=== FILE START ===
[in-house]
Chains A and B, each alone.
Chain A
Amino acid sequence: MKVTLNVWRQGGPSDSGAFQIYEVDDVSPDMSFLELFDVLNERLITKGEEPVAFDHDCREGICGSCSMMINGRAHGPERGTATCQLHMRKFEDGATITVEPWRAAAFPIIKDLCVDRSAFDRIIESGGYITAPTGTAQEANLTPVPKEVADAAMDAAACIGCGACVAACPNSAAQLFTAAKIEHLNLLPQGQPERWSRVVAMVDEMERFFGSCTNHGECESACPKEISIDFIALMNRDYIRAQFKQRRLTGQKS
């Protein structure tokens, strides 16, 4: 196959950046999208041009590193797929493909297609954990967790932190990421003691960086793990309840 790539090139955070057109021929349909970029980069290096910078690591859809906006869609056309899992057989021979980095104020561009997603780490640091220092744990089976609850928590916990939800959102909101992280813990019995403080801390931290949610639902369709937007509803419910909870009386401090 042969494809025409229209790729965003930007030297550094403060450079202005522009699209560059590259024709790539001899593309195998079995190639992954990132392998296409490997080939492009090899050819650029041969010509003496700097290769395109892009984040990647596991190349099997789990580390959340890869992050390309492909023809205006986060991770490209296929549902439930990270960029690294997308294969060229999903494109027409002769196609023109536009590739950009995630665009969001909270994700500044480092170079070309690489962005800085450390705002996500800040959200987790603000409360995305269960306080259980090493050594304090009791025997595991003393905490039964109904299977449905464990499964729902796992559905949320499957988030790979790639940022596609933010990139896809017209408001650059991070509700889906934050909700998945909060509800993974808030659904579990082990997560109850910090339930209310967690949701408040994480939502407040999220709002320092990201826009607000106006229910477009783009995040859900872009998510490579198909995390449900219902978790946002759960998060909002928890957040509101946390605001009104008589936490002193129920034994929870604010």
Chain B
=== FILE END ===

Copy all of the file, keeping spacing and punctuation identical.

[in-house]
Chains A and B, each alone.
Chain A
Amino acid sequence: MKVTLNVWRQGGPSDSGAFQIYEVDDVSPDMSFLELFDVLNERLITKGEEPVAFDHDCREGICGSCSMMINGRAHGPERGTATCQLHMRKFEDGATITVEPWRAAAFPIIKDLCVDRSAFDRIIESGGYITAPTGTAQEANLTPVPKEVADAAMDAAACIGCGACVAACPNSAAQLFTAAKIEHLNLLPQGQPERWSRVVAMVDEMERFFGSCTNHGECESACPKEISIDFIALMNRDYIRAQFKQRRLTGQKS
């Protein structure tokens, strides 16, 4: 196959950046999208041009590193797929493909297609954990967790932190990421003691960086793990309840 790539090139955070057109021929349909970029980069290096910078690591859809906006869609056309899992057989021979980095104020561009997603780490640091220092744990089976609850928590916990939800959102909101992280813990019995403080801390931290949610639902369709937007509803419910909870009386401090 042969494809025409229209790729965003930007030297550094403060450079202005522009699209560059590259024709790539001899593309195998079995190639992954990132392998296409490997080939492009090899050819650029041969010509003496700097290769395109892009984040990647596991190349099997789990580390959340890869992050390309492909023809205006986060991770490209296929549902439930990270960029690294997308294969060229999903494109027409002769196609023109536009590739950009995630665009969001909270994700500044480092170079070309690489962005800085450390705002996500800040959200987790603000409360995305269960306080259980090493050594304090009791025997595991003393905490039964109904299977449905464990499964729902796992559905949320499957988030790979790639940022596609933010990139896809017209408001650059991070509700889906934050909700998945909060509800993974808030659904579990082990997560109850910090339930209310967690949701408040994480939502407040999220709002320092990201826009607000106006229910477009783009995040859900872009998510490579198909995390449900219902978790946002759960998060909002928890957040509101946390605001009104008589936490002193129920034994929870604010």
Chain B